Anonymous said...

it sucks when your argument is based on fallcey for it has no grounds. Virtually all modern scholars of antiquity agree that Jesus existed, and biblical scholars and classical historians regard theories of his non-existence as effectively refuted. Scholars generally agree that Jesus was a Galilean Jew who was born between 7 and 2 BC and died 30–36 AD.[ Most scholars hold that Jesus lived in Galilee and Judea and that he spoke Aramaic and may have also spoken Hebrew and GreekAlthough scholars differ on the reconstruction of the specific episodes of the life of Jesus, the two events whose historicity is subject to "almost universal assent" are that he was baptized by John the Baptist and was crucified by the order of the Roman Prefect Pontius Pilate.

By your logic Socrates does not exist because everything we know of Socrates comes from Plato, after Socrates death, Plato writes about him. We have no other information about Socrates accept through Plato and Plato wrights about Socrates and speak how many came out to listen to him and everyone in Athens new about him. Yet all we have on Socrates is after his death. Does it follow that Socrates does not exist? Here you have all the scholars, rules, normal people knew about him yet they never record anything during his life.” How odd isn’t it” I guess Socrates does not exist because everything is written about him is afterwards. Since the only reasonable conclusion we can come to according to you is that Socrates never existed. No one accepts the conclusion that Socrates never existed. Yet historians accept plato’s account that he existed but this is second hand account after his death. It is merely arbitrary to demand a different stander when it comes to the history of Jesus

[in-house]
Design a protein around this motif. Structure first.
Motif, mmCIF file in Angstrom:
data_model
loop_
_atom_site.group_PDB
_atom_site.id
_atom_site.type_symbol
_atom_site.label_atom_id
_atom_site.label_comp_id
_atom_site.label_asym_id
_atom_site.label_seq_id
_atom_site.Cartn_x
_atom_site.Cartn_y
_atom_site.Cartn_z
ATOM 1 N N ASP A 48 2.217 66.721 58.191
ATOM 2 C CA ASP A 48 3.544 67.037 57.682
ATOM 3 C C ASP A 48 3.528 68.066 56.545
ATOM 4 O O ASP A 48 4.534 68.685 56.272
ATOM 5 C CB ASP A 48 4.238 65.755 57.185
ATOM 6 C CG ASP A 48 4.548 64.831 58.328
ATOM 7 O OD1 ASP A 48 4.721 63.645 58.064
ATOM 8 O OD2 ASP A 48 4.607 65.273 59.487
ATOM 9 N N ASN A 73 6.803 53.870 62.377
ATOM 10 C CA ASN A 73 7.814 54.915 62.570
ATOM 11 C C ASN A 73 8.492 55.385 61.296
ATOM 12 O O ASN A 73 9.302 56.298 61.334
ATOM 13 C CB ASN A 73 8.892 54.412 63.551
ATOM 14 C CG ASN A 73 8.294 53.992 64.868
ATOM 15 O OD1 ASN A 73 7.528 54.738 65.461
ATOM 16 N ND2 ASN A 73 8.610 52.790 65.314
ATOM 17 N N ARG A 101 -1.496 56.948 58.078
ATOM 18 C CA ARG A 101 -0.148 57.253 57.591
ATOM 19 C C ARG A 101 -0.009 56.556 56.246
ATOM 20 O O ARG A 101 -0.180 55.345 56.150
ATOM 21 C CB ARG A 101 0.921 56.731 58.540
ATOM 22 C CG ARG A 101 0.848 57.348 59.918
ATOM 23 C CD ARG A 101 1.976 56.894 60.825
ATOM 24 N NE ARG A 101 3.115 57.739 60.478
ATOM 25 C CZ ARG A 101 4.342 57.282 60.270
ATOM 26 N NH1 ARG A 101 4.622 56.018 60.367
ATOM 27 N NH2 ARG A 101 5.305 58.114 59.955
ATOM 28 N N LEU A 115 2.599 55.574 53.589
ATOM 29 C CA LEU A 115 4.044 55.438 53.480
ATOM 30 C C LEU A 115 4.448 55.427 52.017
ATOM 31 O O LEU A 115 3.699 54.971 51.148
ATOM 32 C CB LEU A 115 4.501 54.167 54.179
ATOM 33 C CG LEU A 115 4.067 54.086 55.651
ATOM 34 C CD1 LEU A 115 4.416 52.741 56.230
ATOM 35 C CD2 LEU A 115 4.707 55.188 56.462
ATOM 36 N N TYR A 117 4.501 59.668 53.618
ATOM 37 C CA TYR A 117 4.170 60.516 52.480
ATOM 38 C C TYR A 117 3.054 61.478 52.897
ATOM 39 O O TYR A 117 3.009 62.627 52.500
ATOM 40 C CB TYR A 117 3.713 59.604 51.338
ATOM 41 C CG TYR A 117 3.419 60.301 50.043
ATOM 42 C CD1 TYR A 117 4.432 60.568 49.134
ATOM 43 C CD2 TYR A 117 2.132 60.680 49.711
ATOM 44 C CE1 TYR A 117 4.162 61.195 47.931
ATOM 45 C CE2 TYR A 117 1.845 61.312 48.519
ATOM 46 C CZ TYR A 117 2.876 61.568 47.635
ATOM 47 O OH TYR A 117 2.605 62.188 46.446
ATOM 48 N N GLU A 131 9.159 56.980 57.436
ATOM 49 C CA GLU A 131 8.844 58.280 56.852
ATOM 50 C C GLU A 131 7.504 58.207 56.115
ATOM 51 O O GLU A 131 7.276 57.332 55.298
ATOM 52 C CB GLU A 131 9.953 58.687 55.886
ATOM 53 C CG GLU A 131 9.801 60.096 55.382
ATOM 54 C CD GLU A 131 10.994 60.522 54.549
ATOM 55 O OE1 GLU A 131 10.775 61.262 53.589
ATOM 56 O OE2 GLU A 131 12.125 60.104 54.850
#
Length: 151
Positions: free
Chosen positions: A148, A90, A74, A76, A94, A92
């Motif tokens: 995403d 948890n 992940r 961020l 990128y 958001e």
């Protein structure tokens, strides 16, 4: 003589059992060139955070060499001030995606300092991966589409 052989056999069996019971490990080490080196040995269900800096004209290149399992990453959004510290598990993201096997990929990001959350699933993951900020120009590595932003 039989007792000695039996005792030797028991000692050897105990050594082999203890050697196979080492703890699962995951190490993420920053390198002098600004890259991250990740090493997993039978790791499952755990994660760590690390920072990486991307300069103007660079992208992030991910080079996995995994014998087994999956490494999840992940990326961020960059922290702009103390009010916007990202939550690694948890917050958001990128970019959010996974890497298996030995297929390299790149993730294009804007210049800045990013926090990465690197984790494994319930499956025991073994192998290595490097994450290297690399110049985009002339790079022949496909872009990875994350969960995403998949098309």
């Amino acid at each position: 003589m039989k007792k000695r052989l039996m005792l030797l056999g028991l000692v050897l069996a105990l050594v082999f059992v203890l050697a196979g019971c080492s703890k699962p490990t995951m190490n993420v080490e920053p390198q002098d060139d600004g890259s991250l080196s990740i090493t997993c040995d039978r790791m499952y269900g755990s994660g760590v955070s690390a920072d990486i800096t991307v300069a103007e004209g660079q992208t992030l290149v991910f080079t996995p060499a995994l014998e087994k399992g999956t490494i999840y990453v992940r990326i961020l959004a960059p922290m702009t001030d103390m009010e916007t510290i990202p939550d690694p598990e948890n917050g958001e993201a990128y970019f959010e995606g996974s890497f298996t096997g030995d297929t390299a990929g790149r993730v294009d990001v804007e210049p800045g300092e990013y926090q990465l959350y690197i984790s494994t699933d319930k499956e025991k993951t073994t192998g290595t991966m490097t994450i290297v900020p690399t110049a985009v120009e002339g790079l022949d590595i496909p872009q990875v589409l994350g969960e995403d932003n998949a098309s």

You seem to be using stander that historians don’t uses themselves. The idea is that any second hand account is faulty , of course sometimes it is and sometimes it is not . Many famous historians of the people we consider to be historical is based on information from someone after they existed. To say that the only reason to believe that someone existed we must have evidence while they exist would force us into denial of many individuals such as Socrates, and others. Even Plato writes about Socrates well after his death near the end of Plato life and he live 80 some years that is decades after Socrates death.

Anonymous said...

The antiquites,one of Josephus major works, provides some valuable but disputed evidence concerning Jesus. Written around 90-95 ad it is earlier than the testimonies of the Roman historians. Josephus speaks about many persons and events of first century palestine and makes two references to Jesus. The first is very brief and it is in the context of a reference to James, the brother of Jesus, who was called the Christ. Here we find a close connection between Jesus and James and the belief on the part of some that Jesus was the Messiah. The second reference is easily the most important and the most debated, since some of the words appear to be due to Christian interpolation. since Josephus was jew, it is unlikely that he would have written about Jesus in this way. There are good indications that the majority of the text is genuine. There is no textual evidence against it, and, conversely, there is very good manuscript evidence for this statement about Jesus, thus making it difficult to ignore. Additionally, leading scholars on the works of Josephus have testified that this portion is written in the style of this Jewish historian. Thus we conclude that there are good reasons for accepting this version of Josephus statement about Jesus with modification of the questionable words. In fact, it is possible that these modifications can even be accurately ascertained. In 1972 professor Schlomo pines of the Hebrew University in Jerusalem released the results of a study on an Arabic manuscript containing Josephus statement about Jesus. It includes a different and briefer rendering of the entire passage, including changes in the key words